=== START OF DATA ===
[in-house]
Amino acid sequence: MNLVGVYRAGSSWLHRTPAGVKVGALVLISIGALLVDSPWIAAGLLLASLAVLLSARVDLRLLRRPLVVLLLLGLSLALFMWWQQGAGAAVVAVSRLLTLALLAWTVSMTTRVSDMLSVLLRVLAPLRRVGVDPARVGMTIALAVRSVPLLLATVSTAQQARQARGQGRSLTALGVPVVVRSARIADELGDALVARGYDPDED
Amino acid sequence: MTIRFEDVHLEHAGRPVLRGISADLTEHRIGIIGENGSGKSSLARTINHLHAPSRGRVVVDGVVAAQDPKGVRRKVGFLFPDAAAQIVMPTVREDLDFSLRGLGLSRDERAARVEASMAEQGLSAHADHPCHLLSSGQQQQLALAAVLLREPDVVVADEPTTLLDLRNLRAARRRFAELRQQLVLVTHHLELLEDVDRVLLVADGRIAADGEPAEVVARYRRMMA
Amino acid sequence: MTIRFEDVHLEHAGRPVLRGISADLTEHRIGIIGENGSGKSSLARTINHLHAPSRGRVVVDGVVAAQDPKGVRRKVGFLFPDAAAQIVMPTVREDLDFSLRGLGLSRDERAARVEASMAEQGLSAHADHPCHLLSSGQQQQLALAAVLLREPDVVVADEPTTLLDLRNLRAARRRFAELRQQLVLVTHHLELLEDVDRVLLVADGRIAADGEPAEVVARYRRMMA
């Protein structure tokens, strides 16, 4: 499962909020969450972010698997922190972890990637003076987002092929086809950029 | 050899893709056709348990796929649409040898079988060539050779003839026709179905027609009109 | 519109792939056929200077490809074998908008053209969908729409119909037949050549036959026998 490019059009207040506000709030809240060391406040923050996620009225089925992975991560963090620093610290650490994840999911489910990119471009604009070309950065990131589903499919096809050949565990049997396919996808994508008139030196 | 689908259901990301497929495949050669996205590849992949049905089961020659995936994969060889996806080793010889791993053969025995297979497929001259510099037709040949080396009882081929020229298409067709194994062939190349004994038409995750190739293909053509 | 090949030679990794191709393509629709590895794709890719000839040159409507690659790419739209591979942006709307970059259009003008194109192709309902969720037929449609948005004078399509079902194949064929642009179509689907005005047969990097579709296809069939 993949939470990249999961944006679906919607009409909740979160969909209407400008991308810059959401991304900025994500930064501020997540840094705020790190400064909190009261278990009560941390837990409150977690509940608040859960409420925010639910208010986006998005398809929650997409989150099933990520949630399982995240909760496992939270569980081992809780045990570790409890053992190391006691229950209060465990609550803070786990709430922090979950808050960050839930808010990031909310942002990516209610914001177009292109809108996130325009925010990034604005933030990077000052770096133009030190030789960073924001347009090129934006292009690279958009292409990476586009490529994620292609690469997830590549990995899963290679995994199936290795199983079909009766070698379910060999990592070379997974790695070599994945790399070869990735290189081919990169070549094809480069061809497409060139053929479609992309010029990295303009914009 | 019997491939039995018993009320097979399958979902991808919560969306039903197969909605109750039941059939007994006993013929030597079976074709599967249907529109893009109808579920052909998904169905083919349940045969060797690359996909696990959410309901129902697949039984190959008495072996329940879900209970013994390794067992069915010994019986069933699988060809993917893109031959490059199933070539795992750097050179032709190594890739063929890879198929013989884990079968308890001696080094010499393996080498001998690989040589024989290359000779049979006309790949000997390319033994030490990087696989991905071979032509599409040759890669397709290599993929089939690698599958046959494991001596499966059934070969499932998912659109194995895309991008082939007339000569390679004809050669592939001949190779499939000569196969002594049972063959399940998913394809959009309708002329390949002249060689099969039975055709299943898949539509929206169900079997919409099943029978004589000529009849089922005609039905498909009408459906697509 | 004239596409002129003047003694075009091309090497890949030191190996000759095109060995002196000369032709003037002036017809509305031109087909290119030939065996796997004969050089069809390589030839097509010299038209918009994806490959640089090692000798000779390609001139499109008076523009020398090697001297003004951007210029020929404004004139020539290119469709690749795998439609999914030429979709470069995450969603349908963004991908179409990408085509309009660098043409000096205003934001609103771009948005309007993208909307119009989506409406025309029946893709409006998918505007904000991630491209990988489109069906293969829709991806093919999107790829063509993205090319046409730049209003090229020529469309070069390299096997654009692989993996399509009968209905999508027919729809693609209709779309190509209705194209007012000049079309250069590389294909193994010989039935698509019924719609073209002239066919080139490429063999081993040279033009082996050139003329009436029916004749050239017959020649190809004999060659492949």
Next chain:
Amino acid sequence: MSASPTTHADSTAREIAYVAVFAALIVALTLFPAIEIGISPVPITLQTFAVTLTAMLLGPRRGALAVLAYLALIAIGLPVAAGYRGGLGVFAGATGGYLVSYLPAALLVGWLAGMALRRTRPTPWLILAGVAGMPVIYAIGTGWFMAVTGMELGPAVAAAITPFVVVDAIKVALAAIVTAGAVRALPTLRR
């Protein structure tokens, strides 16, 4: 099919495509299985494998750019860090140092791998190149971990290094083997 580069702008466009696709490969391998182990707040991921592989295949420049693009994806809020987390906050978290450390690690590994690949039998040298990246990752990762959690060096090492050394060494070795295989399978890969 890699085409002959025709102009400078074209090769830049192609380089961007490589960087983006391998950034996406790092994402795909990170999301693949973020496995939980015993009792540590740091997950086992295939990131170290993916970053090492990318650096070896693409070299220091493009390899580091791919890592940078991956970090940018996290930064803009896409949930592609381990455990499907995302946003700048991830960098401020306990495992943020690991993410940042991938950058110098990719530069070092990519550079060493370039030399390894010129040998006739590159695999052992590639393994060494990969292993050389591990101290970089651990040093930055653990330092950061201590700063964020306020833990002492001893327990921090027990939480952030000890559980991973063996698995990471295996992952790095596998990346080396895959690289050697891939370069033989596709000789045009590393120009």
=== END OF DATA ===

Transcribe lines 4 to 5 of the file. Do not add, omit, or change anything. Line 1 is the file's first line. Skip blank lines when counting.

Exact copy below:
Amino acid sequence: MTIRFEDVHLEHAGRPVLRGISADLTEHRIGIIGENGSGKSSLARTINHLHAPSRGRVVVDGVVAAQDPKGVRRKVGFLFPDAAAQIVMPTVREDLDFSLRGLGLSRDERAARVEASMAEQGLSAHADHPCHLLSSGQQQQLALAAVLLREPDVVVADEPTTLLDLRNLRAARRRFAELRQQLVLVTHHLELLEDVDRVLLVADGRIAADGEPAEVVARYRRMMA
């Protein structure tokens, strides 16, 4: 499962909020969450972010698997922190972890990637003076987002092929086809950029 | 050899893709056709348990796929649409040898079988060539050779003839026709179905027609009109 | 519109792939056929200077490809074998908008053209969908729409119909037949050549036959026998 490019059009207040506000709030809240060391406040923050996620009225089925992975991560963090620093610290650490994840999911489910990119471009604009070309950065990131589903499919096809050949565990049997396919996808994508008139030196 | 689908259901990301497929495949050669996205590849992949049905089961020659995936994969060889996806080793010889791993053969025995297979497929001259510099037709040949080396009882081929020229298409067709194994062939190349004994038409995750190739293909053509 | 090949030679990794191709393509629709590895794709890719000839040159409507690659790419739209591979942006709307970059259009003008194109192709309902969720037929449609948005004078399509079902194949064929642009179509689907005005047969990097579709296809069939 993949939470990249999961944006679906919607009409909740979160969909209407400008991308810059959401991304900025994500930064501020997540840094705020790190400064909190009261278990009560941390837990409150977690509940608040859960409420925010639910208010986006998005398809929650997409989150099933990520949630399982995240909760496992939270569980081992809780045990570790409890053992190391006691229950209060465990609550803070786990709430922090979950808050960050839930808010990031909310942002990516209610914001177009292109809108996130325009925010990034604005933030990077000052770096133009030190030789960073924001347009090129934006292009690279958009292409990476586009490529994620292609690469997830590549990995899963290679995994199936290795199983079909009766070698379910060999990592070379997974790695070599994945790399070869990735290189081919990169070549094809480069061809497409060139053929479609992309010029990295303009914009 | 019997491939039995018993009320097979399958979902991808919560969306039903197969909605109750039941059939007994006993013929030597079976074709599967249907529109893009109808579920052909998904169905083919349940045969060797690359996909696990959410309901129902697949039984190959008495072996329940879900209970013994390794067992069915010994019986069933699988060809993917893109031959490059199933070539795992750097050179032709190594890739063929890879198929013989884990079968308890001696080094010499393996080498001998690989040589024989290359000779049979006309790949000997390319033994030490990087696989991905071979032509599409040759890669397709290599993929089939690698599958046959494991001596499966059934070969499932998912659109194995895309991008082939007339000569390679004809050669592939001949190779499939000569196969002594049972063959399940998913394809959009309708002329390949002249060689099969039975055709299943898949539509929206169900079997919409099943029978004589000529009849089922005609039905498909009408459906697509 | 004239596409002129003047003694075009091309090497890949030191190996000759095109060995002196000369032709003037002036017809509305031109087909290119030939065996796997004969050089069809390589030839097509010299038209918009994806490959640089090692000798000779390609001139499109008076523009020398090697001297003004951007210029020929404004004139020539290119469709690749795998439609999914030429979709470069995450969603349908963004991908179409990408085509309009660098043409000096205003934001609103771009948005309007993208909307119009989506409406025309029946893709409006998918505007904000991630491209990988489109069906293969829709991806093919999107790829063509993205090319046409730049209003090229020529469309070069390299096997654009692989993996399509009968209905999508027919729809693609209709779309190509209705194209007012000049079309250069590389294909193994010989039935698509019924719609073209002239066919080139490429063999081993040279033009082996050139003329009436029916004749050239017959020649190809004999060659492949």